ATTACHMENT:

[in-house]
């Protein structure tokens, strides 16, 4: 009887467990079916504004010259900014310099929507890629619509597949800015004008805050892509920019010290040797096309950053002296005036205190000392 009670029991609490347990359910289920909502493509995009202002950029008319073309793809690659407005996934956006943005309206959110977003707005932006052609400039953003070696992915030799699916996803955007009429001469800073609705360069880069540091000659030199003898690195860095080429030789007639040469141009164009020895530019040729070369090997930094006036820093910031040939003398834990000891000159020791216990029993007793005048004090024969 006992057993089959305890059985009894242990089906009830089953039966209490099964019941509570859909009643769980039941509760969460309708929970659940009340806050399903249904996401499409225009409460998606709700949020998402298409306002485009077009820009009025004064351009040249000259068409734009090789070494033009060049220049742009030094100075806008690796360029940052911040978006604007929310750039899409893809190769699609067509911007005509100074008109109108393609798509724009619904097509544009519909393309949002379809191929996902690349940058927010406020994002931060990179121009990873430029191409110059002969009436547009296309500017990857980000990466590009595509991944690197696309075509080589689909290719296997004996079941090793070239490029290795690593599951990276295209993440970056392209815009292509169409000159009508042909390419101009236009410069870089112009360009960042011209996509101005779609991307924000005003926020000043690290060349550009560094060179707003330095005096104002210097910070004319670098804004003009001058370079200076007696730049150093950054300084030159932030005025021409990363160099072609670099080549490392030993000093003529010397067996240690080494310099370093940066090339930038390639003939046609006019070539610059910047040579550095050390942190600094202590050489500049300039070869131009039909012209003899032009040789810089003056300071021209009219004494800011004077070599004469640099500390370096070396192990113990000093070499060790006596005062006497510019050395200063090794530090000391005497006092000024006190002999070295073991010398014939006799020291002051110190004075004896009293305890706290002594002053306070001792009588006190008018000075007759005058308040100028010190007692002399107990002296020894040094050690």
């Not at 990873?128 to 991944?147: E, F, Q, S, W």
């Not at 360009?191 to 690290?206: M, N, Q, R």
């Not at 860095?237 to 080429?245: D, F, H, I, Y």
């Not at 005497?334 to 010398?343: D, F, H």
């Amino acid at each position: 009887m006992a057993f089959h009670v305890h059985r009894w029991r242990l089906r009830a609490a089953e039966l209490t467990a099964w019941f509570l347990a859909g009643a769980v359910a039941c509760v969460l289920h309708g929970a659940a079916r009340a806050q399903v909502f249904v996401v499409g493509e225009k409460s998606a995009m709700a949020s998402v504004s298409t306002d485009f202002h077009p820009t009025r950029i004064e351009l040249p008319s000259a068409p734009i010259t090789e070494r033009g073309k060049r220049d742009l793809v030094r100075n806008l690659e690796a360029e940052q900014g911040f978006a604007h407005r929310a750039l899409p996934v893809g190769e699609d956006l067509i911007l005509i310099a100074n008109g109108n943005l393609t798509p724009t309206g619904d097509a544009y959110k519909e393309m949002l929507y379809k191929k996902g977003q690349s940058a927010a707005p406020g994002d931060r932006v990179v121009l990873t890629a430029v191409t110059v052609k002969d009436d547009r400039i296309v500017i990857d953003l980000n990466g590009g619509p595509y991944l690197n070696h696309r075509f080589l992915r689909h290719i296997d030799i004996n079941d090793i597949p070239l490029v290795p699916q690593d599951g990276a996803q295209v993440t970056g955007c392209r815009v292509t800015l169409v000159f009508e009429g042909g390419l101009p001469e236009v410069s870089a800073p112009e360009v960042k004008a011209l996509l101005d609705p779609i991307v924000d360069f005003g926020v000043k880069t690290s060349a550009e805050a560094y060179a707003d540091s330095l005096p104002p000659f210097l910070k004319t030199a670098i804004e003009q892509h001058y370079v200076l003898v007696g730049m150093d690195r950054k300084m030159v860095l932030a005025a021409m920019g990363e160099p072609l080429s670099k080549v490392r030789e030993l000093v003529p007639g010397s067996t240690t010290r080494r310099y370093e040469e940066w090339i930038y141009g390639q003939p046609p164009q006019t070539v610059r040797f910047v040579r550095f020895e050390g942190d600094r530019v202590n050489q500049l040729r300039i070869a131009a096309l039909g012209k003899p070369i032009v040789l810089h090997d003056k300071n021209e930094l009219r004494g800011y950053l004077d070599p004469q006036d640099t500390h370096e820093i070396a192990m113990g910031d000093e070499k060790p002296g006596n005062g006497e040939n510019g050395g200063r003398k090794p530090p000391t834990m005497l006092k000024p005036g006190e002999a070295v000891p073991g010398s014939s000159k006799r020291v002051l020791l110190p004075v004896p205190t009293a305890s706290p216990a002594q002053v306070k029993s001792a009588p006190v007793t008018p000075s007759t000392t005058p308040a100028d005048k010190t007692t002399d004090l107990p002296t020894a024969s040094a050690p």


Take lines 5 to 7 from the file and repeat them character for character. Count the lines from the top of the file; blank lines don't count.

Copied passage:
């Not at 860095?237 to 080429?245: D, F, H, I, Y």
């Not at 005497?334 to 010398?343: D, F, H």
């Amino acid at each position: 009887m006992a057993f089959h009670v305890h059985r009894w029991r242990l089906r009830a609490a089953e039966l209490t467990a099964w019941f509570l347990a859909g009643a769980v359910a039941c509760v969460l289920h309708g929970a659940a079916r009340a806050q399903v909502f249904v996401v499409g493509e225009k409460s998606a995009m709700a949020s998402v504004s298409t306002d485009f202002h077009p820009t009025r950029i004064e351009l040249p008319s000259a068409p734009i010259t090789e070494r033009g073309k060049r220049d742009l793809v030094r100075n806008l690659e690796a360029e940052q900014g911040f978006a604007h407005r929310a750039l899409p996934v893809g190769e699609d956006l067509i911007l005509i310099a100074n008109g109108n943005l393609t798509p724009t309206g619904d097509a544009y959110k519909e393309m949002l929507y379809k191929k996902g977003q690349s940058a927010a707005p406020g994002d931060r932006v990179v121009l990873t890629a430029v191409t110059v052609k002969d009436d547009r400039i296309v500017i990857d953003l980000n990466g590009g619509p595509y991944l690197n070696h696309r075509f080589l992915r689909h290719i296997d030799i004996n079941d090793i597949p070239l490029v290795p699916q690593d599951g990276a996803q295209v993440t970056g955007c392209r815009v292509t800015l169409v000159f009508e009429g042909g390419l101009p001469e236009v410069s870089a800073p112009e360009v960042k004008a011209l996509l101005d609705p779609i991307v924000d360069f005003g926020v000043k880069t690290s060349a550009e805050a560094y060179a707003d540091s330095l005096p104002p000659f210097l910070k004319t030199a670098i804004e003009q892509h001058y370079v200076l003898v007696g730049m150093d690195r950054k300084m030159v860095l932030a005025a021409m920019g990363e160099p072609l080429s670099k080549v490392r030789e030993l000093v003529p007639g010397s067996t240690t010290r080494r310099y370093e040469e940066w090339i930038y141009g390639q003939p046609p164009q006019t070539v610059r040797f910047v040579r550095f020895e050390g942190d600094r530019v202590n050489q500049l040729r300039i070869a131009a096309l039909g012209k003899p070369i032009v040789l810089h090997d003056k300071n021209e930094l009219r004494g800011y950053l004077d070599p004469q006036d640099t500390h370096e820093i070396a192990m113990g910031d000093e070499k060790p002296g006596n005062g006497e040939n510019g050395g200063r003398k090794p530090p000391t834990m005497l006092k000024p005036g006190e002999a070295v000891p073991g010398s014939s000159k006799r020291v002051l020791l110190p004075v004896p205190t009293a305890s706290p216990a002594q002053v306070k029993s001792a009588p006190v007793t008018p000075s007759t000392t005058p308040a100028d005048k010190t007692t002399d004090l107990p002296t020894a024969s040094a050690p």